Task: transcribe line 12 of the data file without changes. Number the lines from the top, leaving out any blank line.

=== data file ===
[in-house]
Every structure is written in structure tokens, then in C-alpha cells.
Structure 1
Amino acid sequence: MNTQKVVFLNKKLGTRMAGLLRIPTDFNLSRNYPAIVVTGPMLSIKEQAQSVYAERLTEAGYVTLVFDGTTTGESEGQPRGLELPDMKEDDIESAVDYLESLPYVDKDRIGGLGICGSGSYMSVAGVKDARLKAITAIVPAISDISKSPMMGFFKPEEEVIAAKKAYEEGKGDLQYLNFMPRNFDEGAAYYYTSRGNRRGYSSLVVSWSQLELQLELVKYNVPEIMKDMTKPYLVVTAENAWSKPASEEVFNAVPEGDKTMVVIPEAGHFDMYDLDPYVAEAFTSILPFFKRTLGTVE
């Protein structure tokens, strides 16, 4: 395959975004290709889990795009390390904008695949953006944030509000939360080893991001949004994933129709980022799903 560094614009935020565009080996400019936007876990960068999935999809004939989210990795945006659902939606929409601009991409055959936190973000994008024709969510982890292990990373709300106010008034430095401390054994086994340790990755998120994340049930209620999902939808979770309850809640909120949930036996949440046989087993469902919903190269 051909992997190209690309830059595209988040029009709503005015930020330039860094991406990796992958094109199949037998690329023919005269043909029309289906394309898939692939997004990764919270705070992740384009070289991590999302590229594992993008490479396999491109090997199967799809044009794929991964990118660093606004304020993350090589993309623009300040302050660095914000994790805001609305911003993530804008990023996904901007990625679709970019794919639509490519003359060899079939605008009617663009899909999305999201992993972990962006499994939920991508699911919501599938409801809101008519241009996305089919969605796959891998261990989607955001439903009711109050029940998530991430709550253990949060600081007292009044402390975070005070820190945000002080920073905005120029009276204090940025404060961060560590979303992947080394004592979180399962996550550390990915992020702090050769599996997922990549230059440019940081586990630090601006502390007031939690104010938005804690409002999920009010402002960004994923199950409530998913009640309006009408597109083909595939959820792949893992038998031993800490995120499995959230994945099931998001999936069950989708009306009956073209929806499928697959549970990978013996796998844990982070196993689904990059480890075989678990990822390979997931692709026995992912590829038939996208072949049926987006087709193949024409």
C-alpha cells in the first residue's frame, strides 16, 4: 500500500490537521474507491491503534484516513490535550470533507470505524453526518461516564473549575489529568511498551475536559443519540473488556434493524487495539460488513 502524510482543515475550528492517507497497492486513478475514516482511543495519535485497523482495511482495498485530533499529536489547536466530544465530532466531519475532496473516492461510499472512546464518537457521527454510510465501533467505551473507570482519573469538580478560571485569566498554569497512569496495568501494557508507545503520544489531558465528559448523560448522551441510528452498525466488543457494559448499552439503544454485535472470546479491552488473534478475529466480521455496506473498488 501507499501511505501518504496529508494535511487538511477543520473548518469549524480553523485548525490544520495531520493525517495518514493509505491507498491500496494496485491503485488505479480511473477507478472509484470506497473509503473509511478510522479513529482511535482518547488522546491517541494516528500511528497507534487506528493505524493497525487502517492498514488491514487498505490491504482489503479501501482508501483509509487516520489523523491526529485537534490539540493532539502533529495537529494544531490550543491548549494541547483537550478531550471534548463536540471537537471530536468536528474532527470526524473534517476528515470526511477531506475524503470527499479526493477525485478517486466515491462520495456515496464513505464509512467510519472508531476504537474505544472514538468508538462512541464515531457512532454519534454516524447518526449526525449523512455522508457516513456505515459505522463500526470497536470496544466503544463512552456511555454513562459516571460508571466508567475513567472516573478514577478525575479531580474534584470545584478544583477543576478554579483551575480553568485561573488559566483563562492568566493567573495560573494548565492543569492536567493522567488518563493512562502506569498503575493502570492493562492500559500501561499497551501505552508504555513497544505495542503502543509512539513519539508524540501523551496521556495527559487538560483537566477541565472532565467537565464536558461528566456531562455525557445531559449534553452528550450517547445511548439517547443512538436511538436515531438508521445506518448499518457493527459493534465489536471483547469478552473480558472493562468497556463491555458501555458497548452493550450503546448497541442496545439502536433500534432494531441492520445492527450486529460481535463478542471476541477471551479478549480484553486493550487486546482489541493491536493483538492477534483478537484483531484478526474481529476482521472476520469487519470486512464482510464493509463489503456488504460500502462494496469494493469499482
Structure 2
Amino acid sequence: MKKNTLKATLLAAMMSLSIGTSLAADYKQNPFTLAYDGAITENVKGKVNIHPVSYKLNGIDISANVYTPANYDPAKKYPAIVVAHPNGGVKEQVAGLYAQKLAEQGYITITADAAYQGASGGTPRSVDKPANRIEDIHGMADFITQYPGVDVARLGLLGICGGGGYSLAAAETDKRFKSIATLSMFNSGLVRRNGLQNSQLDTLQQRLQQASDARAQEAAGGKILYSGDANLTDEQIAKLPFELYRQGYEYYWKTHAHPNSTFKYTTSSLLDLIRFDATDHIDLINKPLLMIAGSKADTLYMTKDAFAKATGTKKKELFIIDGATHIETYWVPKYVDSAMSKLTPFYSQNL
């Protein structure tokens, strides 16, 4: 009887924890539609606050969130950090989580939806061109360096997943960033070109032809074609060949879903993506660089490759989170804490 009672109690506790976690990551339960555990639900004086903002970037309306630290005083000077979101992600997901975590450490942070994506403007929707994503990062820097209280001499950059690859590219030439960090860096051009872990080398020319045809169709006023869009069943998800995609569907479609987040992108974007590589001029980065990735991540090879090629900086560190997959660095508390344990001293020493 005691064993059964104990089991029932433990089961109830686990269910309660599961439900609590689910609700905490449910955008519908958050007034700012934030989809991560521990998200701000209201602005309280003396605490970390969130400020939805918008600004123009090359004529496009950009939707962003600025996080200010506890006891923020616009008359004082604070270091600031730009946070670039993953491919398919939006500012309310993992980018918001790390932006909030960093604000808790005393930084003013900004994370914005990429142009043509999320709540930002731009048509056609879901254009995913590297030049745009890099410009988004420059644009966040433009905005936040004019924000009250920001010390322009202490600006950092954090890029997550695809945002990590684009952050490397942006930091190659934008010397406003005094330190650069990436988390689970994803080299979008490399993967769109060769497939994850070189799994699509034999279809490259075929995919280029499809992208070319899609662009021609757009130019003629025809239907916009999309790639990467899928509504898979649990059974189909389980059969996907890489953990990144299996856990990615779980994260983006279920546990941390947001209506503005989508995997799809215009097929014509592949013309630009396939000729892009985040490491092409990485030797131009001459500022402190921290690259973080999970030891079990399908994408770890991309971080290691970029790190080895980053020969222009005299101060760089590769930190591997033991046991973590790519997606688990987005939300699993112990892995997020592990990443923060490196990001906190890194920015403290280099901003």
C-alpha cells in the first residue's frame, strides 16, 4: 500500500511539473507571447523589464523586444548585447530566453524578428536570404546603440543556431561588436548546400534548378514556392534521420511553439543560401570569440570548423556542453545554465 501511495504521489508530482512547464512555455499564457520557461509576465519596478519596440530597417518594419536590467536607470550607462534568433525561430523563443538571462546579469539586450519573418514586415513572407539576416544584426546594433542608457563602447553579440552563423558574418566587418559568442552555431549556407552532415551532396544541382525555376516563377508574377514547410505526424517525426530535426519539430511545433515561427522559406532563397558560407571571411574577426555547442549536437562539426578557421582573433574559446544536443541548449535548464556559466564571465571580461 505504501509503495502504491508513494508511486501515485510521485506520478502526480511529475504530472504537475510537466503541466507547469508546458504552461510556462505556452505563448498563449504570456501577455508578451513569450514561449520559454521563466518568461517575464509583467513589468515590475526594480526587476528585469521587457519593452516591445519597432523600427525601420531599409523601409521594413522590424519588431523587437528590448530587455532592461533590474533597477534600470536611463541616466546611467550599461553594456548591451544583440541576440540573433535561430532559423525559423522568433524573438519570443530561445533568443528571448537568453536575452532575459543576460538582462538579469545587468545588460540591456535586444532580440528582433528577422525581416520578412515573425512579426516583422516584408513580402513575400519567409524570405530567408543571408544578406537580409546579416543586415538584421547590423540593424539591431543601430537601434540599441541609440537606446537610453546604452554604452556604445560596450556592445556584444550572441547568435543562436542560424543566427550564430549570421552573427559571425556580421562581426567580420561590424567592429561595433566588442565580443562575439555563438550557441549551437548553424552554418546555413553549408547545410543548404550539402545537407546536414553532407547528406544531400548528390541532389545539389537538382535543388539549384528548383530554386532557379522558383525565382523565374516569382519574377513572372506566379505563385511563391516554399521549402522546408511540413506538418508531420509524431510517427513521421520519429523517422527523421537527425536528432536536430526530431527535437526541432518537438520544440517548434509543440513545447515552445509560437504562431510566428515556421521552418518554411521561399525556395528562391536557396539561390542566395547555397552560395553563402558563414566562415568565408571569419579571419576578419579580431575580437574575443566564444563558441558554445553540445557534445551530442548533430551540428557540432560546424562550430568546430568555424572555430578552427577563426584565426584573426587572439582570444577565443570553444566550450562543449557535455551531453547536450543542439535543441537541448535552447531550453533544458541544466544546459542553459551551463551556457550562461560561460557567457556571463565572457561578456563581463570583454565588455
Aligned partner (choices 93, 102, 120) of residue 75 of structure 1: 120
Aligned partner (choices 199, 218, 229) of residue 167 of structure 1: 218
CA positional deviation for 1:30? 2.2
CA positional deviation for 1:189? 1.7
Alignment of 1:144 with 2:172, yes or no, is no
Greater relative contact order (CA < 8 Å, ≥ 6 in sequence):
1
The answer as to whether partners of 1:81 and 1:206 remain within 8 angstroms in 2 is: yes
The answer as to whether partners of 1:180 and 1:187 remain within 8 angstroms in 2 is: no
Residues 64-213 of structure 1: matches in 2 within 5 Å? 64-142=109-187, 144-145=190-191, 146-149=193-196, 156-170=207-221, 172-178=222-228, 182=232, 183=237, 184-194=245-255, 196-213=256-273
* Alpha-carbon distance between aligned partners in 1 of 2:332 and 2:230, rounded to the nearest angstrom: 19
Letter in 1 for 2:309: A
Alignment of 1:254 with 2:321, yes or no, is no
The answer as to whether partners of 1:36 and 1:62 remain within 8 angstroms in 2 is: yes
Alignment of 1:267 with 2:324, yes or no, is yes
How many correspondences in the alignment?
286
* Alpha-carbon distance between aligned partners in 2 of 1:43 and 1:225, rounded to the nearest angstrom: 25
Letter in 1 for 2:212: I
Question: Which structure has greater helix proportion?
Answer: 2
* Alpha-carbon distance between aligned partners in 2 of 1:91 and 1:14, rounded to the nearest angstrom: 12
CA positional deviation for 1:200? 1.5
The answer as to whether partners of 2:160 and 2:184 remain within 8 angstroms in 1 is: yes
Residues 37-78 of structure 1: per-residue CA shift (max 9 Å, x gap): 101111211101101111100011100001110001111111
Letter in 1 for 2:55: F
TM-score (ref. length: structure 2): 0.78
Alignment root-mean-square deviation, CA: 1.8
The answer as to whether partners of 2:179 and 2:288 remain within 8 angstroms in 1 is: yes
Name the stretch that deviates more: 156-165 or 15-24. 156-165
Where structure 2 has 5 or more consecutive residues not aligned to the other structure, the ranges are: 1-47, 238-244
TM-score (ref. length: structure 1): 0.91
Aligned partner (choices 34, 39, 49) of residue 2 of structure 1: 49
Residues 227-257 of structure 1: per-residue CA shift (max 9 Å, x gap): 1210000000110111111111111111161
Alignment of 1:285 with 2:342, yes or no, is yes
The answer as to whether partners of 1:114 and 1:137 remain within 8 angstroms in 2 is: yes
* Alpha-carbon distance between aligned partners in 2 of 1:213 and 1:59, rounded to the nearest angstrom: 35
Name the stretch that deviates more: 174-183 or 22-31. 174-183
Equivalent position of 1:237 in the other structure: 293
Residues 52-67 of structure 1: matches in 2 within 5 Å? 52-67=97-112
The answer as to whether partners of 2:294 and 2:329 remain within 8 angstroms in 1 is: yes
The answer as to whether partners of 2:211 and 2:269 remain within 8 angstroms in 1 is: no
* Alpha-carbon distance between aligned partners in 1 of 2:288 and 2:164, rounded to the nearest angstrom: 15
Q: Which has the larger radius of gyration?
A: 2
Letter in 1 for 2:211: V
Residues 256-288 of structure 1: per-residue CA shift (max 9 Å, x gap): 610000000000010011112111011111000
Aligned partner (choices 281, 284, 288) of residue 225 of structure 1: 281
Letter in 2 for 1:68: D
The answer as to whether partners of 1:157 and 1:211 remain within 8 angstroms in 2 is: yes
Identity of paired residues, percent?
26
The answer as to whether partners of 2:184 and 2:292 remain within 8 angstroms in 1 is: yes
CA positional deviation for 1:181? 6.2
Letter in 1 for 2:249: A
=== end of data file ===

Aligned partner (choices 199, 218, 229) of residue 167 of structure 1: 218